The death toll from the measles epidemic in Samoa has now reached 25, the country's top health official has confirmed.
Director General of Health Leausa Take Naseri said there were also currently 20 children in critical condition in the intensive care unit.
However, 30 children that were in critical condition had since improved and been discharged.
The latest figures show there are more than 2190 suspected cases in the country, with 144 recorded in the last 24 hours.
Immunisation against measles has been made mandatory under law in Samoa and a mass vaccination campaign is underway.
Dr Naseri said support from international partners had been tremendous.
"We know our staff has been able to cope with this, but we are also mindful that they'll be getting tired. So this is why we are...calling for help."
Dr Naseri said French Polynesia was sending three medical staff and 2000 measles' vaccines.
To date, 2,194 measles cases have been reported since the outbreak with 144 recorded in the last 24 hours.— Government of Samoa (@samoagovt) November 25, 2019
To date, 25 measles related deaths have been recorded.
Since the Mass Vaccination Campaign on 20 Nov 2019, the Ministry has successfully vaccinated 17,088 individuals. pic.twitter.com/eZXaZSURgd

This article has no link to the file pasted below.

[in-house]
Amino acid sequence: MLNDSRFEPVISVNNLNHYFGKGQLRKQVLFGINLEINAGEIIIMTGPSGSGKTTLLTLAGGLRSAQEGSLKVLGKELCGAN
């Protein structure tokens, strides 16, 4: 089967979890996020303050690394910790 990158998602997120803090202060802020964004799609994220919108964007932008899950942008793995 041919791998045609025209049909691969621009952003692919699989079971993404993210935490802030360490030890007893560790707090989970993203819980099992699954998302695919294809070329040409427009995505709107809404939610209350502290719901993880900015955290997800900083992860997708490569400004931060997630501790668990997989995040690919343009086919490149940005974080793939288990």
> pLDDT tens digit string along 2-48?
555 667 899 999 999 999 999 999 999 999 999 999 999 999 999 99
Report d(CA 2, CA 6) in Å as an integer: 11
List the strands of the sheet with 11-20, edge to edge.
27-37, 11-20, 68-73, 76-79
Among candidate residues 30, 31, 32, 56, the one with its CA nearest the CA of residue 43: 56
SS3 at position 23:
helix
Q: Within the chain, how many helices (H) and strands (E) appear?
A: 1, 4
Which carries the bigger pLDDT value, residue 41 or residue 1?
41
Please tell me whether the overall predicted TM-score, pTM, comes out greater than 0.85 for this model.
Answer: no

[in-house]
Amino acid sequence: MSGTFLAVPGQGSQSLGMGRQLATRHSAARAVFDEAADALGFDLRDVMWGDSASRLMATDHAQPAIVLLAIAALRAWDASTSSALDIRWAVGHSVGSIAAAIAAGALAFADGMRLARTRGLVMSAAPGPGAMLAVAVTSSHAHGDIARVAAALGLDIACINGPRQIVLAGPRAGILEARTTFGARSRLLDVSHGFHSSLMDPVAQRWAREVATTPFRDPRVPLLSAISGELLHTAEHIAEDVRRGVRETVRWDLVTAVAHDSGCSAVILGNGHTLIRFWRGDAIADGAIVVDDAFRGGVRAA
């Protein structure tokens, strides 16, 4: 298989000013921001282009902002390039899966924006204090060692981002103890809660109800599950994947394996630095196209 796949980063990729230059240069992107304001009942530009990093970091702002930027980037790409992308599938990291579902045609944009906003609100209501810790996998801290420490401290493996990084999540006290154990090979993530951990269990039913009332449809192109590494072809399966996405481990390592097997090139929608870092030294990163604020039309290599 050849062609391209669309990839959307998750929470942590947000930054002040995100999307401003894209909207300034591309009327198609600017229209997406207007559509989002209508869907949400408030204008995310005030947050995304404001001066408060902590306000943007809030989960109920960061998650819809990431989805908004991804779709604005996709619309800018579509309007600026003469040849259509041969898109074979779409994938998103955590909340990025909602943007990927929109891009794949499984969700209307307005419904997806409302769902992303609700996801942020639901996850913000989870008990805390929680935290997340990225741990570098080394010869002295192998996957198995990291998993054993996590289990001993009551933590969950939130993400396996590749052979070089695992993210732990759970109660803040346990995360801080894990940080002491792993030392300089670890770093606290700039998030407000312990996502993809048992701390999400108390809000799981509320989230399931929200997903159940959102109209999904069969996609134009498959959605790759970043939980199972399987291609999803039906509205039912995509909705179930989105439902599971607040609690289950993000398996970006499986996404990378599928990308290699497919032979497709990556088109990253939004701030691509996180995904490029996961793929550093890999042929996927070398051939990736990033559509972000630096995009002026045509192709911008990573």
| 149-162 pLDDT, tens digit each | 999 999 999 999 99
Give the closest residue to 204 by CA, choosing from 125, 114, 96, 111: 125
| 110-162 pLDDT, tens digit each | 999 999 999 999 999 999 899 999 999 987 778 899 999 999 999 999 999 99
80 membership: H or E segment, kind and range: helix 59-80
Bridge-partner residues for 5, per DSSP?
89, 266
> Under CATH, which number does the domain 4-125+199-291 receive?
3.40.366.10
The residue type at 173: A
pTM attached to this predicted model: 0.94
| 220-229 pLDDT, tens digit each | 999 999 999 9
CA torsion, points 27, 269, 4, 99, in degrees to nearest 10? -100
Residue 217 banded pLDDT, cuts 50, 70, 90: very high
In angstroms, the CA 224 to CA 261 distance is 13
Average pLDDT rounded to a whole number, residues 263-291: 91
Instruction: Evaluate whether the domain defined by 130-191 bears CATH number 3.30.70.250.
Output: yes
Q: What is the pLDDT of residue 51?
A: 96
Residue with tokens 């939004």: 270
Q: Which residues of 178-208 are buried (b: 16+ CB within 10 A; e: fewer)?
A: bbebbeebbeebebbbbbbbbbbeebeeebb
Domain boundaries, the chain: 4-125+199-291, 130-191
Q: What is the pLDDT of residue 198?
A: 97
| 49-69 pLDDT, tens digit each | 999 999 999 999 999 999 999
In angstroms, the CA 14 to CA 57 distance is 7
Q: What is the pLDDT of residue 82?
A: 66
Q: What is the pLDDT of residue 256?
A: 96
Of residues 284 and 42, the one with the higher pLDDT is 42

Already, UNICEF has delivered more than 110,000 vaccines - sorely needed in a country where just 26 percent of the population are fully immunised.
Tahiti's team join 34 Australians and 30 New Zealanders on the ground, who have been dispersed among the nation's hospitals, vaccination clinics and mobile vaccine units.
And the mass vaccination drive for the island of Savaii started today with Tuasivi hospital, and all district hospitals sites, providing MMR vaccinations.
The priority remains for the group aged between six-months and 19-years-old.
Australia's Medical Assistance Team last week built a negative pressure eight bed intensive care unit (ICU) to ease the burden on the ICU at Tupua Tamasese Meaole Hospital.
As well as two deployments of nurses and support staff, New Zealand has contributed 3000 vaccines.
"The government of Samoa really appreciates the support given so far. Overwhelming support from especially our partners Australia, New Zealand and the World Health Organisation and UNICEF," said Dr Naseri.
Prime Minister Tuilaepa Sailele Malielegaoi on Friday asked private doctors in the country to step in and assist public medical facilities with caring for the sick.
"You know already the state we are in without me having to tell you, come and work together with the doctors we have in the public service," Newsline Samoa reported him saying.
Meanwhile, Samoa government's patrol boat has made an emergency trip to American Samoa to collect oxygen to address a shortage in Apia.
The Nafanua II arrived in Pago Pago this morning before returning to Samoa.
It is taking 96 G-size oxygen cylinders.
The territory's Director of Health, Motusa Tuileama Nua, said Samoa asked for assistance because their oxygen supply at the local ICU was depleting faster than anticipated.